Instead, we add item after item into our shopping carts, hover over the buy button and go back to our daily lives without checking out.

Digital advertising technology like programmatic banners constantly remind us about our overflowing carts while we’re scrolling through social media feeds, and weekly newsletters send us back to the online stores with the promise of bigger and better deals.

At the end of the month or when we buckle to temptation – whichever comes first – we click on the cart icon at the top right corner of our screens, look through the contents of our cart one last time and hit the next button.

Suddenly, a slew of random thoughts course through our heads – Do I really need this? Will he / she get upset that I’m shopping online again? Is this really the best deal that I can find?

Just then, we notice a blank field right above the pay now button.

Coupon code

Instinctively, we open a new tab in our browsers and key in the magical words –  “coupon code”. With our fingers crossed, we click on the first link that appears.

Get 30% off your cart with this code!

Jackpot! Switching back to our carts, we key in the code, hit pay and watch the magic happen. Suddenly we’re paying 30% less that we would have 30-seconds ago and all it took was a few extra clicks.

Conversion Funnel - Coupons (iprice)

The pivotal moment of online shopping has shifted along steadily with the evolution of e-commerce. It no longer sits at awareness, interest or even consideration. In today’s world, it sits firmly between intent and conversion, which is exactly where digital couponing just happens to live.

Are coupons worth the trouble?

On the iprice coupon page, you’ll find deals that range from nice to have things like free delivery, to seasonal offers of up to 50% discount from your cart total. As cliché as it sounds, there really is a coupon available for almost everything you can buy online, and our mission has always been to keep them organized and accessible to our users.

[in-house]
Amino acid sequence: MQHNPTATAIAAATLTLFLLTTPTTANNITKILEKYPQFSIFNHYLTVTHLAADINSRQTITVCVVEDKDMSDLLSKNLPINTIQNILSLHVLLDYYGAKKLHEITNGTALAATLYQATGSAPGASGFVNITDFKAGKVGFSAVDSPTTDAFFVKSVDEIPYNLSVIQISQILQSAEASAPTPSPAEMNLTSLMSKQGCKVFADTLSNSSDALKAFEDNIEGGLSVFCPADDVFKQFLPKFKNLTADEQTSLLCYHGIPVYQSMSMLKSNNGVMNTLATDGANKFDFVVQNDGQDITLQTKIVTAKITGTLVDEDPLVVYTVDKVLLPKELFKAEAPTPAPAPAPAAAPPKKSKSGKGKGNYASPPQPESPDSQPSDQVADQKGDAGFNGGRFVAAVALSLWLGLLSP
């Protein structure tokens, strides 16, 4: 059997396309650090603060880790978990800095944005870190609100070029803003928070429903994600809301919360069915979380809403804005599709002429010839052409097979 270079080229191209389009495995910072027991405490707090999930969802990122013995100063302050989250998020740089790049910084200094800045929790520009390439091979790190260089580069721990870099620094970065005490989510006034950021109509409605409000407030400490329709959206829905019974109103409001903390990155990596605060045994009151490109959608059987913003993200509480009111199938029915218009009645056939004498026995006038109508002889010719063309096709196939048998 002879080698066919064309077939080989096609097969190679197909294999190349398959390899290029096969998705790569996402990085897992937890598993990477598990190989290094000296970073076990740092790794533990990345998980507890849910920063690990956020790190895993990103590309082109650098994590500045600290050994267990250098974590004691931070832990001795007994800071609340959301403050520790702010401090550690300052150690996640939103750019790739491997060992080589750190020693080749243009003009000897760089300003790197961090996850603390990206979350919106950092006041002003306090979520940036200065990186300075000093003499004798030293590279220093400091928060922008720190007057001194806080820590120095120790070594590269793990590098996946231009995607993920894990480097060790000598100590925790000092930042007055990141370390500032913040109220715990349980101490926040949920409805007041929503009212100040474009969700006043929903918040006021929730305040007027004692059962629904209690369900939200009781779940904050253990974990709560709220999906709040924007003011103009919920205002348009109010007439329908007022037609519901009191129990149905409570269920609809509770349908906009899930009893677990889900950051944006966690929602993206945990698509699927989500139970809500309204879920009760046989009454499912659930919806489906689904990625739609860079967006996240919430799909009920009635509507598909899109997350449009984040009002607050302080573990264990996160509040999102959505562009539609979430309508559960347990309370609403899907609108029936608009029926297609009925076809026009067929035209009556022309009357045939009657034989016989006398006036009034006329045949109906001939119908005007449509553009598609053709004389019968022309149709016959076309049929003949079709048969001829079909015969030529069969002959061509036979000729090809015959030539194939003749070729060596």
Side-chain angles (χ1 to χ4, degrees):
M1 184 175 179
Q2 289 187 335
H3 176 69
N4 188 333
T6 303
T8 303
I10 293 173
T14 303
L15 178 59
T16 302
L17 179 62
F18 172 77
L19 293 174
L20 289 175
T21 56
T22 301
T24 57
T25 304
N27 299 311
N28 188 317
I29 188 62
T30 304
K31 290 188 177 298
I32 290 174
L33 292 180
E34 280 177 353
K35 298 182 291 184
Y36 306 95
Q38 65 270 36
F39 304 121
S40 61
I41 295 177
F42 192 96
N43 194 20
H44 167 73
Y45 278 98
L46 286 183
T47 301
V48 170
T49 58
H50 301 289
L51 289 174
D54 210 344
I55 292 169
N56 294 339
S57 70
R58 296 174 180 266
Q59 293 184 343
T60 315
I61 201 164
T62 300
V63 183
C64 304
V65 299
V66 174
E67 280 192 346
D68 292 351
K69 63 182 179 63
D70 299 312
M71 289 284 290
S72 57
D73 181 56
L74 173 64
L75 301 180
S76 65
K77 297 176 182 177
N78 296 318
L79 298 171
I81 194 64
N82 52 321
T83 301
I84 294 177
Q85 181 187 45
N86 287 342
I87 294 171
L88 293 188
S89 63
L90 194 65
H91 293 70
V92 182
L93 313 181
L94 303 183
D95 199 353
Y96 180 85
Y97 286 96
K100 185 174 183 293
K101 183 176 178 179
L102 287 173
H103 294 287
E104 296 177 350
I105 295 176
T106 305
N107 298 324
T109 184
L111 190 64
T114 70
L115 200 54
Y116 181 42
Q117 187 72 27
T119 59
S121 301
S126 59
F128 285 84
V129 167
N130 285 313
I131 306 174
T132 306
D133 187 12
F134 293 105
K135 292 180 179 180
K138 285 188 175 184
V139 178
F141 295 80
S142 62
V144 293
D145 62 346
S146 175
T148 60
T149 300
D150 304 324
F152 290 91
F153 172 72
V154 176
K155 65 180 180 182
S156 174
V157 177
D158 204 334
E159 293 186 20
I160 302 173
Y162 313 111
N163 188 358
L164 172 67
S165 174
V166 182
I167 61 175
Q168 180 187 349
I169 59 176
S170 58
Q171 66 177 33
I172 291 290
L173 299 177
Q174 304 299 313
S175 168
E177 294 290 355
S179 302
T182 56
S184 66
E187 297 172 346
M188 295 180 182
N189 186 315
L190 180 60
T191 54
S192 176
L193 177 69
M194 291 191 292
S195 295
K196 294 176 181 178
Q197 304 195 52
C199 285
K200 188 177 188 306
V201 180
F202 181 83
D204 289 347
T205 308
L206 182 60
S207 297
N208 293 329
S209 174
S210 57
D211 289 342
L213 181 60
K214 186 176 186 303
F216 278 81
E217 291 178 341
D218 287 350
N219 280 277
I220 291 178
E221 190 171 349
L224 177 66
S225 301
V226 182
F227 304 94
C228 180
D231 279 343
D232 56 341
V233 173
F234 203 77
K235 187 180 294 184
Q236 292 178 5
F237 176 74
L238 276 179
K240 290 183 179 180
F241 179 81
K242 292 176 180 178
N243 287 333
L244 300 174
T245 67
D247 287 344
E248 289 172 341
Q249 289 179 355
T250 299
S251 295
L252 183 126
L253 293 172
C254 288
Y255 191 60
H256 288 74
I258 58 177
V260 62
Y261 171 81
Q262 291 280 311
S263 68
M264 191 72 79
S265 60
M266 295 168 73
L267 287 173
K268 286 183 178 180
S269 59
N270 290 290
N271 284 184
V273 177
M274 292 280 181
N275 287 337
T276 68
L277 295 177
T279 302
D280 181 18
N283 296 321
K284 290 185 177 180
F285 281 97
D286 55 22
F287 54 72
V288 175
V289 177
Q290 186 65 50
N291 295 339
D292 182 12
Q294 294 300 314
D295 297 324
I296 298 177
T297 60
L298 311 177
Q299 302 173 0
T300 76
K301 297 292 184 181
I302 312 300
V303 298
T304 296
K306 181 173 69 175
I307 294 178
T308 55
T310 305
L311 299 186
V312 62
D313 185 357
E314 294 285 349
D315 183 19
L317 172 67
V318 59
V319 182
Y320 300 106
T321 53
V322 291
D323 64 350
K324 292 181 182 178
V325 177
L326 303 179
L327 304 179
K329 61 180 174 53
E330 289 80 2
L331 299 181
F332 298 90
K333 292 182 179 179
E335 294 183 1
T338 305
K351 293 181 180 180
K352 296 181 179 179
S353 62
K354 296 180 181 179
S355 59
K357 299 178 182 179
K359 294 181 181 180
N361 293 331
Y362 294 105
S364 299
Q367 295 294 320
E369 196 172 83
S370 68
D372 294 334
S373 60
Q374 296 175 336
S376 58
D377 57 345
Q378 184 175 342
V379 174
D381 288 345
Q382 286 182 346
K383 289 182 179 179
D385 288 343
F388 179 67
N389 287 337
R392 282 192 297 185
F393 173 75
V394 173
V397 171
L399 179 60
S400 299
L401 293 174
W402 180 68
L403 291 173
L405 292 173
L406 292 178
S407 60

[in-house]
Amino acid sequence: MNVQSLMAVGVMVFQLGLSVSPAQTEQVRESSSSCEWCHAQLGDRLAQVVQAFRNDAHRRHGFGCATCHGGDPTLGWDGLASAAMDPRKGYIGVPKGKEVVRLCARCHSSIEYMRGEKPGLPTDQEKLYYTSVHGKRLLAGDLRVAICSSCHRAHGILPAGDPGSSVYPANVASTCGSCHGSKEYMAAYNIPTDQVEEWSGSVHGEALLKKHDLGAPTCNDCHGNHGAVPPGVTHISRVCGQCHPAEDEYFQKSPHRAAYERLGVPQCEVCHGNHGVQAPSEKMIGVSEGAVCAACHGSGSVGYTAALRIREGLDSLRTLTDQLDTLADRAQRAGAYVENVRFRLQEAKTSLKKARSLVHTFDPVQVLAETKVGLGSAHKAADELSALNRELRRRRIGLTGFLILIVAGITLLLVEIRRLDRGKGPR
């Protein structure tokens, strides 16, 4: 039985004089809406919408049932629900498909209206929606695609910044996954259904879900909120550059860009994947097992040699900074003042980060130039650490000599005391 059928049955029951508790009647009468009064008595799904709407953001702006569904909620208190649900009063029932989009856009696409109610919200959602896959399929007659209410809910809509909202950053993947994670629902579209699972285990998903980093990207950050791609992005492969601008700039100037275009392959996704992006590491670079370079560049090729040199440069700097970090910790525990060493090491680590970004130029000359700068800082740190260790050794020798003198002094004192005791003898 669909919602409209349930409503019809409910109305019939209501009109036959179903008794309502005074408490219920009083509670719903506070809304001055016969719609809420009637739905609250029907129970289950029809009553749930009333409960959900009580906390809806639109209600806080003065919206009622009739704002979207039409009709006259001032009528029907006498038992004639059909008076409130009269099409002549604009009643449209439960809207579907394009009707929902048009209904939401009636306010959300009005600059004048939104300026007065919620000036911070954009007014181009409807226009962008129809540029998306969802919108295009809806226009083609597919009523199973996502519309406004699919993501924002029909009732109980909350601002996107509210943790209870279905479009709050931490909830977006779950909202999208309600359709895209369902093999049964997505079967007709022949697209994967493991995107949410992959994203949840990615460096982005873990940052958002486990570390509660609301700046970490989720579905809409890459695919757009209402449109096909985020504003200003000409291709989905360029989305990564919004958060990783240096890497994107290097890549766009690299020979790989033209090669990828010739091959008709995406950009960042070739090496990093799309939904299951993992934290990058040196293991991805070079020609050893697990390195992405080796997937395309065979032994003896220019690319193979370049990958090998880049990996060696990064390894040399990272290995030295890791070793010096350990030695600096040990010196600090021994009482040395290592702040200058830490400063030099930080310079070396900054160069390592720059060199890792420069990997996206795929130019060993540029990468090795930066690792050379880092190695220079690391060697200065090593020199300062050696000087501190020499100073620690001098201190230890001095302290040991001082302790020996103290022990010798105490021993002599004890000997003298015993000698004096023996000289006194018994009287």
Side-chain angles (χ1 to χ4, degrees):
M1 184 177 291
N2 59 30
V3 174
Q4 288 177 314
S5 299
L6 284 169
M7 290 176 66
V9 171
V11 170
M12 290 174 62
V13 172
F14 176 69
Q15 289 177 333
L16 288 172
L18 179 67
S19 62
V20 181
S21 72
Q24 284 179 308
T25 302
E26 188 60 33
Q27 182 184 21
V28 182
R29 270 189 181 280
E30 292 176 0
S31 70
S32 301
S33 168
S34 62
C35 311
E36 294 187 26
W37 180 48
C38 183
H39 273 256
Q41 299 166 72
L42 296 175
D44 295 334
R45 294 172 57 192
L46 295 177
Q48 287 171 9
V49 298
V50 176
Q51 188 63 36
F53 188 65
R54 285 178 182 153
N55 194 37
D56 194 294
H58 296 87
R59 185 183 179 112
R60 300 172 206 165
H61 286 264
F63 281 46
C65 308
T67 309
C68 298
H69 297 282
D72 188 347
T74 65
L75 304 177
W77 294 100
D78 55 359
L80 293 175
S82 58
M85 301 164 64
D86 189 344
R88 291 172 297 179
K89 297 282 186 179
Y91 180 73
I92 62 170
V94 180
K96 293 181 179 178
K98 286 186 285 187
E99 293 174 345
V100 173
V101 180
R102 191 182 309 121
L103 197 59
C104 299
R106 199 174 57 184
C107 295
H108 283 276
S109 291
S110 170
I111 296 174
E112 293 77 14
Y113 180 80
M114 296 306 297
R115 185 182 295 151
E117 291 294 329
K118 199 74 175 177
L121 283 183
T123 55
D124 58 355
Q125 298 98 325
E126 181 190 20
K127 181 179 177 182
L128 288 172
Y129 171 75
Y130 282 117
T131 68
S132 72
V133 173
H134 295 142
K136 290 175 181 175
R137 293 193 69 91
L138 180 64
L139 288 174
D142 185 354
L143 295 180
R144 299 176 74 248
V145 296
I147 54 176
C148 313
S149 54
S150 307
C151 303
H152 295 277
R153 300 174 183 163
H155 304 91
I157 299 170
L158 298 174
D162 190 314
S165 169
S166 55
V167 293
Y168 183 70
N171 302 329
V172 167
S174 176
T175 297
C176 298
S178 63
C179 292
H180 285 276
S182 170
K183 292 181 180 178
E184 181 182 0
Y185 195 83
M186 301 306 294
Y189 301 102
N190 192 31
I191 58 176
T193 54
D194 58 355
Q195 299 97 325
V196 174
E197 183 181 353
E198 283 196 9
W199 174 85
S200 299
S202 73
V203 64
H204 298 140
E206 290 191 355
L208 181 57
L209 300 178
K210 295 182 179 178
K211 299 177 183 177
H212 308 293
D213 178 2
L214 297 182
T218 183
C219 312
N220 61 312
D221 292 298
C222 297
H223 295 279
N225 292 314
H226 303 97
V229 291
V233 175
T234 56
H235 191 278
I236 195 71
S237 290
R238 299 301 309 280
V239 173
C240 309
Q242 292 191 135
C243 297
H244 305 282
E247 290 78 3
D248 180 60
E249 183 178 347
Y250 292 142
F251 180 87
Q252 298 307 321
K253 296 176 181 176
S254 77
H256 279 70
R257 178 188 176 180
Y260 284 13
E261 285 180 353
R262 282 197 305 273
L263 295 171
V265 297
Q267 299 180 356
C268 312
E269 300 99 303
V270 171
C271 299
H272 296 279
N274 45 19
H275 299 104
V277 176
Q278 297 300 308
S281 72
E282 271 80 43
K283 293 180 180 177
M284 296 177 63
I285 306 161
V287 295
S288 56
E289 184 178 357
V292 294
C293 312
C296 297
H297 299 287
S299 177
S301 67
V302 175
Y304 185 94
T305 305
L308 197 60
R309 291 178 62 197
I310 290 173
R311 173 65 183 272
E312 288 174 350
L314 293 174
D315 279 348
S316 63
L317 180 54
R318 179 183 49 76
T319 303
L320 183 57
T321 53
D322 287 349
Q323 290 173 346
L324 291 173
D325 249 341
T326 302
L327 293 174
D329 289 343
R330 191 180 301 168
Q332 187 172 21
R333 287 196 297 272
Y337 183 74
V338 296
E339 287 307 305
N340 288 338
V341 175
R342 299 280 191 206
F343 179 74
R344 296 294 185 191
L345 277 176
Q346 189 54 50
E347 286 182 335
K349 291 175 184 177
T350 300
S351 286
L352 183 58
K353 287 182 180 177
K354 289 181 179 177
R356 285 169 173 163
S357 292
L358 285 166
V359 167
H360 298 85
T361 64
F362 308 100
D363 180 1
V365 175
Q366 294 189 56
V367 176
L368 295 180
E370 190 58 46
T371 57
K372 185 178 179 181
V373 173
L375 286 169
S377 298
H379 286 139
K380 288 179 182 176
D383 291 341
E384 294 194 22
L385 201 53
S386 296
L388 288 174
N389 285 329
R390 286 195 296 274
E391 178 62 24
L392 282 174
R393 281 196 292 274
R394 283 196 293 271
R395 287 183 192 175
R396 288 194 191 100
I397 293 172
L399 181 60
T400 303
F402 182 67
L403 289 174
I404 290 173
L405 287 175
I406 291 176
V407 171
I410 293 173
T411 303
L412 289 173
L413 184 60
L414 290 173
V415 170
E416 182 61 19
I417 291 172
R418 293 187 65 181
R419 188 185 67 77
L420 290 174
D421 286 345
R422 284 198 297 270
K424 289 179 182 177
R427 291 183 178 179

Coupon savings up to 25% on average

On average, an iprice user stands to save up to 25% just by using one of our coupon codes upon check out. Among the categories, the fashion category is the biggest savings contributor and offers an average discount of 30%. The second largest contributor is the mobile device / computer category which offers an average of 12% savings, and the travel category comes in third with an average discount of 7% across coupon codes.

Compare that to GOMSEC’s 2013 Asian e-commerce basket size estimate of US$1,268, and 25% in savings starts to look like a great deal.

Coupons from a merchant point of view

So, we’ve established that coupons are great for the consumer – it’s essentially free money for nothing more than a few extra clicks – but how does it benefit the merchant? Surely, earning as much as possible on every sale should be the goal of every business, shouldn’t it?

Well, yes and no.

After all, a steady stream of return customers at a reasonable profit margin is always more favorable that one-offs at higher margins. That’s just the way the retail world works.

Instead of looking at coupons purely as a way to offset profits for leads, merchants are starting to use coupons in more creative and brand centric ways. One of our favorite uses of coupons was championed by Uber, who provided free first rides worth RM40 (approx.. US$10) for new sign-ups through coupon codes.

Popular coupon searches on iprice

 

They weren’t giving away free money per-se, since the free gift actually required the user to experience their service in person. The free ride coupled with their strong product made first experiences memorable, and built lasting positive first impressions with new users.

In a retail e-commerce environment, first timer coupons are no less of a hit. Online boutiques – both big and small – offer larger than usual discounts on first time purchases. Marketplaces like Lazada offer instant cash back coupons for shopping through their recently launched mobile app.

Rewarding loyal users with coupons also helps to encourage evangelism, and the results can grow exponentially thanks to the wonders of social media.